WRHS Addresses Commissioners After 14 Dogs Seized from Bedford Home

(BEDFORD) – This morning the Lawrence County Commissioners again addressed issues of vicious animals roaming loose in Lawrence County.

White River Humane Society Board of Directors President Buddy Hendricks addressed the commissioners about the importance of drafting a county ordinance regarding the issue of dogs seized by animal control.

Fourteen dogs, including five puppies, found emaciated and in poor health were removed from a Bedford house over the weekend. One dog was found dead inside the home. The dogs, which include a Great Dane puppy, pit bull and pit bull mixes and a beagle mix with a litter of puppies, are currently being housed at the White River Humane Society. Taxing an already overcrowded shelter and straining resources.

With the current ordinance, which dates back to 1997, if the dogs are released to the owner the shelter will receive no funds for holding and carrying for those dogs. The animals will remain at the shelter pending the outcome of the criminal case.

Hendricks is wanting the new ordinance to name the shelter and allow the shelter to recoup any funds and holding fees occurred while housing the animals seized by animal control.

Currently, the shelter receives funds from the county, the City of Bedford and Mitchell and the Town of Oolitic.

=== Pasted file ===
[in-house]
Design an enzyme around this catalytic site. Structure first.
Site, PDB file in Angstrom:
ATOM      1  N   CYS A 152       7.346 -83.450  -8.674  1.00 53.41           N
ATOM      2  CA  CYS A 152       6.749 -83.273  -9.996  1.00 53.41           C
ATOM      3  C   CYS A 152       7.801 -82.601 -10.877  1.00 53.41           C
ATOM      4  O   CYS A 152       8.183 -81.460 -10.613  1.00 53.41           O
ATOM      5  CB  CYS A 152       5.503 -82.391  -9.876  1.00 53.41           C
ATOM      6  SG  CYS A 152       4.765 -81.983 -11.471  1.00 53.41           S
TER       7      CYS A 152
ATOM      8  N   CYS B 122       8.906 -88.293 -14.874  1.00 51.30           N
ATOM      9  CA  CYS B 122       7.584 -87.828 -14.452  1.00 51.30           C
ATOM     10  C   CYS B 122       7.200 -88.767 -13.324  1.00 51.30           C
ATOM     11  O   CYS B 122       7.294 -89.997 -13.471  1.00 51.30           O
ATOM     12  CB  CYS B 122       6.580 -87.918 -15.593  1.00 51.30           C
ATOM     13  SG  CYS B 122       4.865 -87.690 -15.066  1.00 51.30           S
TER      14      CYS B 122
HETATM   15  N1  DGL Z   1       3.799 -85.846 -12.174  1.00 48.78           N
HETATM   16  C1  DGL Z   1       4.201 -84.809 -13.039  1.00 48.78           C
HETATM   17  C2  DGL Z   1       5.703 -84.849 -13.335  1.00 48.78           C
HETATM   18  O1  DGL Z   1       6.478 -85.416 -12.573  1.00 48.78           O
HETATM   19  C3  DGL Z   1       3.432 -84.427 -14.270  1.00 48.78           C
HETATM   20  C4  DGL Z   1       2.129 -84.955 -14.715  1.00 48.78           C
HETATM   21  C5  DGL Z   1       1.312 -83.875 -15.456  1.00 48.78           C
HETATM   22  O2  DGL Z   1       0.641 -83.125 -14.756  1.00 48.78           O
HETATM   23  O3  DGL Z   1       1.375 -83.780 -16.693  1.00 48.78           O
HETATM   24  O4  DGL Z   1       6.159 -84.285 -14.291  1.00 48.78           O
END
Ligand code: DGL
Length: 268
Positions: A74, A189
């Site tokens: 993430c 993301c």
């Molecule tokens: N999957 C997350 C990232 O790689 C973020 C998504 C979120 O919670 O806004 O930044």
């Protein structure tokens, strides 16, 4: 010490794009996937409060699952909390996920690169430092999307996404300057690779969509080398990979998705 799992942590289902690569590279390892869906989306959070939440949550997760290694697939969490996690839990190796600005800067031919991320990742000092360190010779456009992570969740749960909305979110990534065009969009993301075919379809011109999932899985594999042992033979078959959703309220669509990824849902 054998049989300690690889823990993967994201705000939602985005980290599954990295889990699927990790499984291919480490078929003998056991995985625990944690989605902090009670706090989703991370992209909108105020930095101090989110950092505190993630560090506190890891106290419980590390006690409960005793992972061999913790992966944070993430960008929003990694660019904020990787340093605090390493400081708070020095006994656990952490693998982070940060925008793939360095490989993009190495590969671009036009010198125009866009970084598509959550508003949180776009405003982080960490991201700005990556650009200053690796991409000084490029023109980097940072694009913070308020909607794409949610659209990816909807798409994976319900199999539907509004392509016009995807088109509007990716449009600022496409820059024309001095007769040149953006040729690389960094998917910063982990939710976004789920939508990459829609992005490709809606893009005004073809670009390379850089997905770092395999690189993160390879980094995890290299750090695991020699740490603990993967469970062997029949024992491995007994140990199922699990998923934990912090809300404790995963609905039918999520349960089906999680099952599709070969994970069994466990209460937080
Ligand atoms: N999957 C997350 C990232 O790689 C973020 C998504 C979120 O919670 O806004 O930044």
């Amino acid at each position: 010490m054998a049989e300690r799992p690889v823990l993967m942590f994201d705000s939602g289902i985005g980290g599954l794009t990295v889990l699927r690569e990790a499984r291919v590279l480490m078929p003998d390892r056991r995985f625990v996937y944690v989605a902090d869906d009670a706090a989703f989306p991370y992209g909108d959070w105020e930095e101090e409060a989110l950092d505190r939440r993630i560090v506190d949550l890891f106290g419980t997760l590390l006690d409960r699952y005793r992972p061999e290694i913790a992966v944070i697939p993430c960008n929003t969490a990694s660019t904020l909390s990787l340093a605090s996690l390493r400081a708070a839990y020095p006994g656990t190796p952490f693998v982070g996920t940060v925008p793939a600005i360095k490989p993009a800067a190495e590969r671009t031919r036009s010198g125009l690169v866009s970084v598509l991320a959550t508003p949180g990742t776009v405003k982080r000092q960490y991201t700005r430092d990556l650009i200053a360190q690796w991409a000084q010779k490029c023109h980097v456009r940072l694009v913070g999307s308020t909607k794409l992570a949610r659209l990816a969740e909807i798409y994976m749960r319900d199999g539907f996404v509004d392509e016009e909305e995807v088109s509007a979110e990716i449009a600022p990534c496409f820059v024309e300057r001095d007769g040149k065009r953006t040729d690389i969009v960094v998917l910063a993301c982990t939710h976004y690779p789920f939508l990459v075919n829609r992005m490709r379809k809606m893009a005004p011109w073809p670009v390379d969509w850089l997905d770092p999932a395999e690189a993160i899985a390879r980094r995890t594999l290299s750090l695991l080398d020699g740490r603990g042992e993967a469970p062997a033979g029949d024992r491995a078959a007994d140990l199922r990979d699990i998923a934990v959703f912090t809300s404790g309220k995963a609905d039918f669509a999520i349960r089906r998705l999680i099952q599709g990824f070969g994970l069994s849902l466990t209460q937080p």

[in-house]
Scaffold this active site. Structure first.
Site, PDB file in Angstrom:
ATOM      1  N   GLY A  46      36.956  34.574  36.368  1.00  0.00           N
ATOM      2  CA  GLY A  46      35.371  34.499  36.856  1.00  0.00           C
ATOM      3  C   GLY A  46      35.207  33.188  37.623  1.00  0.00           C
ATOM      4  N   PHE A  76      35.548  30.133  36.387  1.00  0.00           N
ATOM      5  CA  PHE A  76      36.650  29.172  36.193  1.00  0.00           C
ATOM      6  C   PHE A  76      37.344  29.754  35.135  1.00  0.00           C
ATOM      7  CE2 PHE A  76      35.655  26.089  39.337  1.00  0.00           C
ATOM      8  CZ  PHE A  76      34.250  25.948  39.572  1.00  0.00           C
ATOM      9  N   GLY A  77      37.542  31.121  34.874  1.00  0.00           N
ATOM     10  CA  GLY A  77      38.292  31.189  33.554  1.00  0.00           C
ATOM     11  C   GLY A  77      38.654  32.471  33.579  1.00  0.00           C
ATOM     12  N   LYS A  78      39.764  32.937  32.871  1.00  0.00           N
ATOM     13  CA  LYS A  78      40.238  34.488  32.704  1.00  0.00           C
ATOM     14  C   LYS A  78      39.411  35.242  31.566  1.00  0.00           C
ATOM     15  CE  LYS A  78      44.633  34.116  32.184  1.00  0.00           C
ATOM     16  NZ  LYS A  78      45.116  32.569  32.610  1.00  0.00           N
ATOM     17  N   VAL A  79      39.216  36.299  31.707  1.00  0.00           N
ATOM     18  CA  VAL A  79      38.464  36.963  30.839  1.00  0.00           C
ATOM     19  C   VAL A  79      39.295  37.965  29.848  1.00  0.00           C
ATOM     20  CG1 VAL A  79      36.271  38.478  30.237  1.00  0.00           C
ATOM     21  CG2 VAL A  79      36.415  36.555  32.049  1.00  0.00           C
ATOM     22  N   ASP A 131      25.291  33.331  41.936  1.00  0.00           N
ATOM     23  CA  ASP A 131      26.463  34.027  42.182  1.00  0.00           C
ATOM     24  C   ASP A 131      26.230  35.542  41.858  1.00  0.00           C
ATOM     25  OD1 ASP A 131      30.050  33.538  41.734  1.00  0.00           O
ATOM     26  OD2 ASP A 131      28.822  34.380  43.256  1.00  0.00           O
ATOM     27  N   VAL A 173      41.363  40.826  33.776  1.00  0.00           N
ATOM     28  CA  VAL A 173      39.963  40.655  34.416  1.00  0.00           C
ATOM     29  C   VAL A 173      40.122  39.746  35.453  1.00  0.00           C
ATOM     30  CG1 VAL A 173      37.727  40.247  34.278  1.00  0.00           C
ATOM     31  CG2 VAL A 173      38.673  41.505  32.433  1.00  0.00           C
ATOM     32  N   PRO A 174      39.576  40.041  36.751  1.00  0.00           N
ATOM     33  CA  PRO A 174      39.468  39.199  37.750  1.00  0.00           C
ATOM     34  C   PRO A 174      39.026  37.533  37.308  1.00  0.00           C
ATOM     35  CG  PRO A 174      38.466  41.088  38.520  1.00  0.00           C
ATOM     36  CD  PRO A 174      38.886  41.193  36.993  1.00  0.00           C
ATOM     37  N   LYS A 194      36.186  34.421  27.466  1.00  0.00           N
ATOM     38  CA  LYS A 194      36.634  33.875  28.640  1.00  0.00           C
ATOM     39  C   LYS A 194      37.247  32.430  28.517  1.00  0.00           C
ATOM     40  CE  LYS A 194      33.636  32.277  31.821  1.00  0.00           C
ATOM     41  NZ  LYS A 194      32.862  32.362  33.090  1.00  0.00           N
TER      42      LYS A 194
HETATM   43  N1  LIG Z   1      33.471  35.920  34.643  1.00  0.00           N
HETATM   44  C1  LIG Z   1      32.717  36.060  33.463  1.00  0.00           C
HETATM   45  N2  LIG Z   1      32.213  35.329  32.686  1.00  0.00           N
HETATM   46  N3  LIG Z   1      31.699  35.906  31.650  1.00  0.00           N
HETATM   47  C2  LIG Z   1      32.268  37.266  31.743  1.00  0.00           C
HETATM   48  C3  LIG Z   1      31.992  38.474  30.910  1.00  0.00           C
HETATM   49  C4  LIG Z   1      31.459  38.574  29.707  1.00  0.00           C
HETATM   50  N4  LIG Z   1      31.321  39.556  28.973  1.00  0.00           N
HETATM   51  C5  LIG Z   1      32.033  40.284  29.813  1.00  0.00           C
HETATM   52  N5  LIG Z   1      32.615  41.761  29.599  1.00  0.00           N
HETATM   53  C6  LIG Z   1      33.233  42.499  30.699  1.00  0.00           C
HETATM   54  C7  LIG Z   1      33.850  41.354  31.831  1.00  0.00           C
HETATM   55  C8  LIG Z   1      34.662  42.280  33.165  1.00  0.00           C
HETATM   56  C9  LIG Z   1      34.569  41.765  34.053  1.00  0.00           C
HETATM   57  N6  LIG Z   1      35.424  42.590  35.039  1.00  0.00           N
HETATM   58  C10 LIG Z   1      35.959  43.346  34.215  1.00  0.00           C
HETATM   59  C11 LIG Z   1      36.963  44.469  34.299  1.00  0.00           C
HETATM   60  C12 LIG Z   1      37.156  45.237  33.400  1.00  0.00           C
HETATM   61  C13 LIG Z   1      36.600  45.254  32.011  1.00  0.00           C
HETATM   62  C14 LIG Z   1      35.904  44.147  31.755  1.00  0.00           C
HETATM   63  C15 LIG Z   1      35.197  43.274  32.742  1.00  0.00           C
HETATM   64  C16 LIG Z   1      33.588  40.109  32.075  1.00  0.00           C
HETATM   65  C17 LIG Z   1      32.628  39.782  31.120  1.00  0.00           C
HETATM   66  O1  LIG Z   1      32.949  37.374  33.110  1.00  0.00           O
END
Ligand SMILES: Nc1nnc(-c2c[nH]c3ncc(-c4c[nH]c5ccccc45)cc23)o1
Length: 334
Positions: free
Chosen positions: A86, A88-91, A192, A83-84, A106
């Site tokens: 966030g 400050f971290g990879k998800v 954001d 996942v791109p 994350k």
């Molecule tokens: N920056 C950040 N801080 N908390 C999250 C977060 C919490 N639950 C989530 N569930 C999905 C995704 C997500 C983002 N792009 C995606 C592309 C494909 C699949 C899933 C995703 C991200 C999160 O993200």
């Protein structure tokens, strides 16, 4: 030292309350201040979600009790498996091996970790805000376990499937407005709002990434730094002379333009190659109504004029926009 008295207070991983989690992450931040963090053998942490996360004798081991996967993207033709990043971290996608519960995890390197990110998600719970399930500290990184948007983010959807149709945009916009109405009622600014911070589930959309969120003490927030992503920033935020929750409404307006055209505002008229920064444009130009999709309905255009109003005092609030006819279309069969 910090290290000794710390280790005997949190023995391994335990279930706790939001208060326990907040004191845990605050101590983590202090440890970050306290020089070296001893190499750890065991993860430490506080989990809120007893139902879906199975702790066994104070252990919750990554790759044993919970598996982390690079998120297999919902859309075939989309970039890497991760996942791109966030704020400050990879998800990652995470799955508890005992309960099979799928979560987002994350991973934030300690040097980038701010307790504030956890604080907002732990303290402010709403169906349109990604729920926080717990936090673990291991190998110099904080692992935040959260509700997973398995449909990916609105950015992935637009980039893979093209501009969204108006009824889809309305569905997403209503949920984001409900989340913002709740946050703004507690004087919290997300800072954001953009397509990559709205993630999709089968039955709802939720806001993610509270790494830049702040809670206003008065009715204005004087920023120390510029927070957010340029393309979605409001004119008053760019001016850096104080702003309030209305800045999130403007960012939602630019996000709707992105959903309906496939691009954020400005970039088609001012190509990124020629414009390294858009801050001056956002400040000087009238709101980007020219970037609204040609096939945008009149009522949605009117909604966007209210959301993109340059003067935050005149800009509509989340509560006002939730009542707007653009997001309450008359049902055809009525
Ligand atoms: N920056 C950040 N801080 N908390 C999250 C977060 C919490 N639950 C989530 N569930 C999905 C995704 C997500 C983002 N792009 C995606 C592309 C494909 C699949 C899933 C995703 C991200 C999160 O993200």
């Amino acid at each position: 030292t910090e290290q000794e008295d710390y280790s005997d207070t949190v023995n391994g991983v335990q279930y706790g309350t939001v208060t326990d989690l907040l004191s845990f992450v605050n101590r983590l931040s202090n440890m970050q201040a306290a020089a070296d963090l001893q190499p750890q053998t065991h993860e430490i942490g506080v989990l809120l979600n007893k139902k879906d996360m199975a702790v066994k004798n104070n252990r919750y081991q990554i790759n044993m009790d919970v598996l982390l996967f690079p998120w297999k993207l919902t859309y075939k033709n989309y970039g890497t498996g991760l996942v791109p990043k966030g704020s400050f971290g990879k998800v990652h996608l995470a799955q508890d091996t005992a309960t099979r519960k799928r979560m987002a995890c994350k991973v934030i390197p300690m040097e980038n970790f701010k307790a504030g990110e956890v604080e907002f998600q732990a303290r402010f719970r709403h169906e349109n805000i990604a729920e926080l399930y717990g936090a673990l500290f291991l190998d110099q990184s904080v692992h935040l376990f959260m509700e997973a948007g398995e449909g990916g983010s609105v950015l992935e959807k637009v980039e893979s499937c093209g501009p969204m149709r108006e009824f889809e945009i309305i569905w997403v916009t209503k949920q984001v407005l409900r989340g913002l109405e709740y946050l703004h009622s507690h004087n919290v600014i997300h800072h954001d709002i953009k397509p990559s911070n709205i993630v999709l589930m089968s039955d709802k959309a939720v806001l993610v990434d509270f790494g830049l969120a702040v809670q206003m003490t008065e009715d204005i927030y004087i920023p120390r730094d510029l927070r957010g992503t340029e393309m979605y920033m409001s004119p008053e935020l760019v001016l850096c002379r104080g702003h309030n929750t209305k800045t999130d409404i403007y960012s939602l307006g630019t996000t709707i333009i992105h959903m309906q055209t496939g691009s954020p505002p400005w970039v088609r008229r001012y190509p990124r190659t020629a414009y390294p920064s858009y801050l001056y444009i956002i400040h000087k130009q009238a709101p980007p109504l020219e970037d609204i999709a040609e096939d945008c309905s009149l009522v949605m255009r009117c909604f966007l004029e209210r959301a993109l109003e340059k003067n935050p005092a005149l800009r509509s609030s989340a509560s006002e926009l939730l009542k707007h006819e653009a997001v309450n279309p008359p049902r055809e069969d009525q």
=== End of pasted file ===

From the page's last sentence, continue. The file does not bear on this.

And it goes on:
“But those funds only account for 28 percent of our budget,” Hendricks told the commissioners. “The other 72 percent the board has to come up with.”

Commissioner President Dustin Gabhart says officials are diligently working on updating the ordinance and working to get it passed.

The city of Bedford animal control officer received a call about the dogs Saturday afternoon. Utility workers were working in the 700 block of 24th Street when they noticed several dogs at the windows of the home barking. They were concerned and contacted police.

Chief Terry Moore said an arrest warrant to charge the owner with animal neglect is pending. Chief Moore says it will be up to Lawrence County Prosecutor Sam Arp to decide whether to file charges.

Chief Moore says the owner left town about two weeks ago and arranged for a friend to stop by the house and check on the dogs and provide fresh food and water.

“The friend got sick or hurt and a couple of days went by. The owner found out about that friend and got someone else to check on them,” Moore said. “It was hit and miss on people checking on them.”

Chief Moore says the second person wasn’t able to continue checking on the dogs and a third friend was asked to help out. By then, two weeks had passed.

The owner returned to town after the dogs were seized.